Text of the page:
Low-budget B-movies today usually fall into two categories. Those despicably made in order to capitalize on much more well-known releases, as the production company The Asylum has specialized in, and those proper ”indie” movies made by people with a real passion for movie-making (not that passion necessarily entails competence, experience or money for production values, mind you). Asylum movies – we’re talking titles like for instance AVH: Alien vs. Hunter (2007) and Princess of Mars (2009) – typically have nearly non-existent production values, bad acting and worse writing, cheap excuses for special effects, and no regard for any kind of narrative logic or coherence. They are the movie industry’s parasites, leeching money off innocent movie fans who foolishly dare think there might be a gem buried under some halfway tantalizing sleeve cover or plot premise. So the big question is: Is Robotropolis an Asylum-style movie, or is it a much more interesting indie movie…? Muwahaha, the suspense is palpable, isn’t it?
Since Robotropolis features trailers for straight-to-DVD Asylum movies – Titanic II (2010), anyone? – I thought at first that the main feature would be such a one as well. Then I thought it might not be. A bit into it, I still wasn’t quite sure. It seemed to be a fairly original story, not noticeably similar to any recent or upcoming major cinematic release – at least not unless you go back to 2004’s I, Robot – until I remembered the TV show Battlestar Galactica (and its more recent spin-off, Caprica). Oookay, the robots here are almost dead-ringers for Cylons. Complete with a blue cyclops eye when good, and a red one when evil. And like Cylons, and the robots in I, Robot, they rebel. And that’s the plot. Mystery solved: Asylum territory it is. D’oh.
Robotropolis takes place on an isolated island in the South China Sea. Could be Hainan, say. Or some former British colony. It is certainly populated partly by Asians and partly by whites with strong British and Aussie accents (from the cast list, the actors are a motley mishmash of Brits, Aussies and Americans – none of name, and few of any sort). It’s the fairly near future. A huge corporation called MegaNational Industries are using the populated island for an experiment in robotics, where walking robots are doing just about everything, from the meanest menial duties to keeping the peace as a police force. They are being used as a kind of slaves. And when, for no particular reason, they seem to develop free will (but no personality), they want revenge on all humans, and start killing them. They are now… killbots. Right. Ho-hum.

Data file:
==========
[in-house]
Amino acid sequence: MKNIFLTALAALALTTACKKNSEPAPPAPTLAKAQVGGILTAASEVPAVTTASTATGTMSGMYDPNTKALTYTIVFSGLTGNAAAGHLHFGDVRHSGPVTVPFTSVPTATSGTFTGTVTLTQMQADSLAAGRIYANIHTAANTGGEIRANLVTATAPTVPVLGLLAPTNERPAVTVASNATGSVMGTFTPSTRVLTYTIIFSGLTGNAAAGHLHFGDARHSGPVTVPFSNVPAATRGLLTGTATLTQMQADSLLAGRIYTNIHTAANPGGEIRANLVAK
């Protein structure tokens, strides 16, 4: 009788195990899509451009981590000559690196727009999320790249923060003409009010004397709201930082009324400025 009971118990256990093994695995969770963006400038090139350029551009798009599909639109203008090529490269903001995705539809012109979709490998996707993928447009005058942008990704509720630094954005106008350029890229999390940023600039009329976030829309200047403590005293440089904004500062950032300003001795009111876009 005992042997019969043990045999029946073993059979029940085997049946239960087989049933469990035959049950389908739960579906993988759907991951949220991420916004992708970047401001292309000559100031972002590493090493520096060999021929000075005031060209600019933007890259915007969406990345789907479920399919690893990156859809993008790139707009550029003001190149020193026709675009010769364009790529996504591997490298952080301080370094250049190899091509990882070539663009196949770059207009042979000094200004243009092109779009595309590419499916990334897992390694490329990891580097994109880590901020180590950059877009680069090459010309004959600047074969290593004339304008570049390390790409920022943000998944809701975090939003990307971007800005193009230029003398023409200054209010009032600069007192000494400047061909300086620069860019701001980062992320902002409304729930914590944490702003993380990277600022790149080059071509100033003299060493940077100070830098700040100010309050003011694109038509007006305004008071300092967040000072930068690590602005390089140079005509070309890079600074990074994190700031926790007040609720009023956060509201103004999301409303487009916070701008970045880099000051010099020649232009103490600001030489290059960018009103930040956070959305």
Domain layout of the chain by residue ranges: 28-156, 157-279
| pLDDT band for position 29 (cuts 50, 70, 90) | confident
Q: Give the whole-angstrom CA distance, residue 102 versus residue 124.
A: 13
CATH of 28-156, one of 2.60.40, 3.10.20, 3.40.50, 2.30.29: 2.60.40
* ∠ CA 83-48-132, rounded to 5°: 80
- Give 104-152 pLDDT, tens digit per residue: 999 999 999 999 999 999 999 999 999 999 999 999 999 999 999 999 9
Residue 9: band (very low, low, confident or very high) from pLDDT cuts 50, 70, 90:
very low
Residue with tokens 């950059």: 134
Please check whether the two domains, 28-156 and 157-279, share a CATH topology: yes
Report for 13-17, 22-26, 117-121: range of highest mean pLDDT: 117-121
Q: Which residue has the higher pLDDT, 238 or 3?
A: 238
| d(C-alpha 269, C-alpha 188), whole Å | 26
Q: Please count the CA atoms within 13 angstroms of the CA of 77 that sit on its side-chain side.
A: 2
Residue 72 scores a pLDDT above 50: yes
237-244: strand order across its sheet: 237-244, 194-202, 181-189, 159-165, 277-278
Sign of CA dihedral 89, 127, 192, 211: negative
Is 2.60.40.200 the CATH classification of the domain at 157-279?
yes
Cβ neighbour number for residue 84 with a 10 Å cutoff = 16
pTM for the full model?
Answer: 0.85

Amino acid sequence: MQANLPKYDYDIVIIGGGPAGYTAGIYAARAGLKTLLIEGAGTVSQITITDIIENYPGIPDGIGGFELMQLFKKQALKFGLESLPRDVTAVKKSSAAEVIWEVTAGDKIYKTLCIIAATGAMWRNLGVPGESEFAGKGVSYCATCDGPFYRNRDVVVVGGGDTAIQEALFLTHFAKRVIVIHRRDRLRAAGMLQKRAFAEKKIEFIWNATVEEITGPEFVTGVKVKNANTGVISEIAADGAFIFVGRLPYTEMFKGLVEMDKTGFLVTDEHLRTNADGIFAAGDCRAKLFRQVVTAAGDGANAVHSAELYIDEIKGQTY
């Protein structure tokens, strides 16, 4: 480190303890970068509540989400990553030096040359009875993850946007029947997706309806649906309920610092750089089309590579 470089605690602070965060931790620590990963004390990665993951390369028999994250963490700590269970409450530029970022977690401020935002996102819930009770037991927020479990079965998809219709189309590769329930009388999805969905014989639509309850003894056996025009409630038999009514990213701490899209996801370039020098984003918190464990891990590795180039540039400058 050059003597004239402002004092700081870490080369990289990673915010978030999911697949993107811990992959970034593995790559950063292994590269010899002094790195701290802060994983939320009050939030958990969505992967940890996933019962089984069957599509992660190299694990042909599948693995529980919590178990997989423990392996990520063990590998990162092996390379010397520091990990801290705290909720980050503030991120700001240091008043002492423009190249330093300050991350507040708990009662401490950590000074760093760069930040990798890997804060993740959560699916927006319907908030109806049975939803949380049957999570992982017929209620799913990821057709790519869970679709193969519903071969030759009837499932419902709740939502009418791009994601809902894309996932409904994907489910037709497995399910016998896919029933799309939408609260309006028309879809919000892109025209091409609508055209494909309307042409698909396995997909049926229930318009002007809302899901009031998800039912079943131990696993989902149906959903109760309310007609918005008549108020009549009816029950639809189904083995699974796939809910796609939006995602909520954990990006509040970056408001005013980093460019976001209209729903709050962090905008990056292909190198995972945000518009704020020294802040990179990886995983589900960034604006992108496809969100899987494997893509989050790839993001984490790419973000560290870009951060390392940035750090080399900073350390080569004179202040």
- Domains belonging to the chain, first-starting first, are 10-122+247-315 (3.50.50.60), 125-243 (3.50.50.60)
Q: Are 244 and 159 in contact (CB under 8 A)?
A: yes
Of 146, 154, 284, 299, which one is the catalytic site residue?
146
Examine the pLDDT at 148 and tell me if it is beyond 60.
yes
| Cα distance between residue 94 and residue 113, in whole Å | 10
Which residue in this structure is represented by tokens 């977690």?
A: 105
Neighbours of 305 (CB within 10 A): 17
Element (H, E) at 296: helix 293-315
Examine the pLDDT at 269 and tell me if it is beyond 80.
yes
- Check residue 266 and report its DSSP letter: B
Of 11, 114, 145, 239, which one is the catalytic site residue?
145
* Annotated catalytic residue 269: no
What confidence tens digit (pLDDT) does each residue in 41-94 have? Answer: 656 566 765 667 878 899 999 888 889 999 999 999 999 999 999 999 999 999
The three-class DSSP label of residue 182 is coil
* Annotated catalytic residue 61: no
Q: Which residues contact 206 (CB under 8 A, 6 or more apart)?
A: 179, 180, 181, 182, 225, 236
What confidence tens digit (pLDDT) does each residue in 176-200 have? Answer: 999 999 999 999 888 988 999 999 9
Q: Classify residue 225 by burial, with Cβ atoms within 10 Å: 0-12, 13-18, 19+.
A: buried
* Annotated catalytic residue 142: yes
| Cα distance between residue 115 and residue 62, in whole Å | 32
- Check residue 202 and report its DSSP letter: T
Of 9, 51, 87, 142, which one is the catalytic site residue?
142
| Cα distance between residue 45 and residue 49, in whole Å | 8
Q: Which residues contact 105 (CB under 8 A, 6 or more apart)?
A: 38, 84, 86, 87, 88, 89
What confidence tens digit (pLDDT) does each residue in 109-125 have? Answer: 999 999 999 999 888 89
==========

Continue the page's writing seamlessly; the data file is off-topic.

We follow a tiny TV news crew who covers the robotic events as they unfold. Sadly, the story is wafer-thin, devoid of detail and never comes close to feeling real. Only a couple of the characters have any smidgeon of a personality, and even this evaporates as the first half hour rolls by. There is no hint of chemistry between them. As the unmotivated killings begin, the crew calmly forgets that they can call for help, they have no van to retreat to, and they never react with any panic or believable anxiety when appropriate, but do when inappropriate. The actors seem aware of the material they’re a part of, and that it doesn’t call for substantial acting. The special effects are few and far between, and quite bad. The robots themselves look okay, but a scene of a robot ”playing football” consists merely of a couple of moves back and forward, never getting into ball-play. And that’s a typical example. They generally don’t move much, but like to advance ominously and hold people by their necks. Conversation? Perish the thought.
In the final analysis, Robotropolis pretty much is an Asylum movie. It even has the same kind of uproariously atrocious ending that delivers no real closure; no shred of emotional pay-off. The makeshift soundtrack is an ineffectual attempt at drumming up a single iota of excitement. The type of actors is just what you would find in an Asylum movie, which usually has one E-list name (like Dedee Pfeiffer), and then a bunch of yahoos as extras. The only remotely known actor in Robotropolis is Lani Tupu, who played Captain Crais in the Aussie-produced sci-fi TV show Farscape, and while he was very good there, he is worse than pedestrian here. Robotropolis manages, barely, to hold one’s attention in the first half, but then becomes nearly unwatchable and reaches the end credits without having delivered anything resembling satisfaction. It is derivative and dull and the acting just becomes progressively worse until you can’t tell the actors from the robots. One has to marvel at movie-makers who are so skilled that they can make a movie self-destruct so completely.
The DVD has no notable extras, but the picture quality is fine.
Robotropolis is out on DVD 5th September 2011.
Director: Christopher Hatton
Cast: Zoe Naylor, Lani Tupu, Graham Sibley and others
Runtime: 81 min.
Country: Singapore / USA